out-of-mainstream minis

Jon jlo at ludd.ltu.se
Sat Jul 4 12:45:12 CDT 2015

On Sat, Jul 4, 2015 at 6:42 PM, Diane Bruce <db at db.net> wrote:
> On Sat, Jul 04, 2015 at 12:33:05PM -0400, Mouse wrote:
>> > The problems revolve around the fact that instructions cannot be
>> > properly restarted on the 68000.  Not enough context is saved.
>> > [...]
>> > (The tricks done by those who did fix this consists of having a
>> > second processor which gets interrupted when you get a page fault,
>> > and the second processor do all the work related to the page fault,
>> > while the primary processor just stalls until the memory is
>> > available, at which point it can continue. There is no limits to how
>> > long the CPU can wait for memory to return data on a read.)
>> I recall hearing of a company that build a machine with two 68000s, one
>> running one instruction behind the other.  When the leading processor
>> got a page fault, hardware interrupted the lagging processor (which had
>> not yet encountered the faulting instruction) and there's a dance where
>> the two processors switch roles, allowing useful page faults.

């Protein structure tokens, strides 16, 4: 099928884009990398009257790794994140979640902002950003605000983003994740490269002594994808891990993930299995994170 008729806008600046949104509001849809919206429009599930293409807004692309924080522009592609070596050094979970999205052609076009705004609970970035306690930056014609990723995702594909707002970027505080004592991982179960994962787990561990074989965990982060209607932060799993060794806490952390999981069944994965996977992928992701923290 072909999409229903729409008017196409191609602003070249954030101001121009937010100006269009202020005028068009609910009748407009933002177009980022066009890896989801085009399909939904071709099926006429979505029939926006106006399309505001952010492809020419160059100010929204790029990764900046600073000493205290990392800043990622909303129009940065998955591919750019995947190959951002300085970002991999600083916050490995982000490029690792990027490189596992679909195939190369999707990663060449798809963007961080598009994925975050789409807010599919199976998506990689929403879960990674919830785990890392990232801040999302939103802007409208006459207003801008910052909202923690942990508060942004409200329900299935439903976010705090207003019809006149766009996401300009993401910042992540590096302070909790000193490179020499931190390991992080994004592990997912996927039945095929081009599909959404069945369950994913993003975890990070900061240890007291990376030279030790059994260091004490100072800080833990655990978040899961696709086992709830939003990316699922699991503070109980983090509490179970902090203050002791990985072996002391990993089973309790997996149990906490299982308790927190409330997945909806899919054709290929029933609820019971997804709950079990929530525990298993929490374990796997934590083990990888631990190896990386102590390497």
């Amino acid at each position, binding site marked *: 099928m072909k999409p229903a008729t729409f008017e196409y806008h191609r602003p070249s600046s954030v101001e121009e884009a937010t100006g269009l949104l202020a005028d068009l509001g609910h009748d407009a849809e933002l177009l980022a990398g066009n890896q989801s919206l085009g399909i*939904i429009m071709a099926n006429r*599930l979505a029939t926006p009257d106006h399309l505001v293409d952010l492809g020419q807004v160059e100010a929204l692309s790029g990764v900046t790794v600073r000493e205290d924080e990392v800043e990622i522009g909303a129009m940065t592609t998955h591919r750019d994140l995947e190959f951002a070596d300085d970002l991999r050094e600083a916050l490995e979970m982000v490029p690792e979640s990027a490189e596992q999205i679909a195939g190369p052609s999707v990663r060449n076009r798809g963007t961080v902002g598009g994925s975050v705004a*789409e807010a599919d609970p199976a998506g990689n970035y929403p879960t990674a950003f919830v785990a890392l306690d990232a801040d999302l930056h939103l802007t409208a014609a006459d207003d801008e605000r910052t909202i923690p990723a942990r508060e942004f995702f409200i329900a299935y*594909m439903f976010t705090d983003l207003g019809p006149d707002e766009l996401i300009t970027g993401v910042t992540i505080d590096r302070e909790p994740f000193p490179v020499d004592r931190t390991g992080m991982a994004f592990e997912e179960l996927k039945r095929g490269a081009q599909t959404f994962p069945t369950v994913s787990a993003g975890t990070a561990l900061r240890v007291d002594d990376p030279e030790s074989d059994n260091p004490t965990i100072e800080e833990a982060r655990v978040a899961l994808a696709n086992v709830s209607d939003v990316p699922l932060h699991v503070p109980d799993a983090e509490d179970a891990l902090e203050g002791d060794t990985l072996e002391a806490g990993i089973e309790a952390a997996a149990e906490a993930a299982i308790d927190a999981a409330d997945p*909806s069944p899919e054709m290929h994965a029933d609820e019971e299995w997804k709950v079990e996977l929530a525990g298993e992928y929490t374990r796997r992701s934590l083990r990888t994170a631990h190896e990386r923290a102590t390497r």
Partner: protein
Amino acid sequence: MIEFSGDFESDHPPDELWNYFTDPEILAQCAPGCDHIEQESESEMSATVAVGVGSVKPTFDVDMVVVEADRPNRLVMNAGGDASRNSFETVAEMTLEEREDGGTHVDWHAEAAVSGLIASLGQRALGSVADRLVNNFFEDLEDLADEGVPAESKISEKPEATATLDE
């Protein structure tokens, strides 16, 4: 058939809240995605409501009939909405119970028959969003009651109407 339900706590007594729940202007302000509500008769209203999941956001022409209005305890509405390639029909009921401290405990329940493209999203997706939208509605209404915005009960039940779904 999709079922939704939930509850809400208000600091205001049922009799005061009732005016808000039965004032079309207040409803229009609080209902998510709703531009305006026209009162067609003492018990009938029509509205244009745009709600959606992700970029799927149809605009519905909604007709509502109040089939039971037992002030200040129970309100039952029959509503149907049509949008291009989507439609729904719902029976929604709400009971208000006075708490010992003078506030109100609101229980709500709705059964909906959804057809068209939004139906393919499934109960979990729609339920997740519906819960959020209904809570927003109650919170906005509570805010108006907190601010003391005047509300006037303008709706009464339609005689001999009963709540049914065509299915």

>> Perhaps such a thing existed.  Perhaps my informant was misled - it
>> sounds like a plausible corruption of what you describe.  Perhaps my
>> own memory has bitrotted.  But it sounds to me as though it certainly
>> _could_ work.
>> /~\ The ASCII                           Mouse
>> \ / Ribbon Campaign
>>  X  Against HTML              mouse at rodents-montreal.org
>> / \ Email!         7D C8 61 52 5D E7 2D 39  4E F1 31 3E E8 B3 27 4B
> Both Apollo and SUN did this. The clocks were two phase so one ran
> behind the other. It was a hack.

Sun did not do this. The Sun-1 CPU was indeed a 68000 to which was
coupled a custom MMU in discreet logic. It didn't handle demand
paging. Sun soon switched to the 68010.


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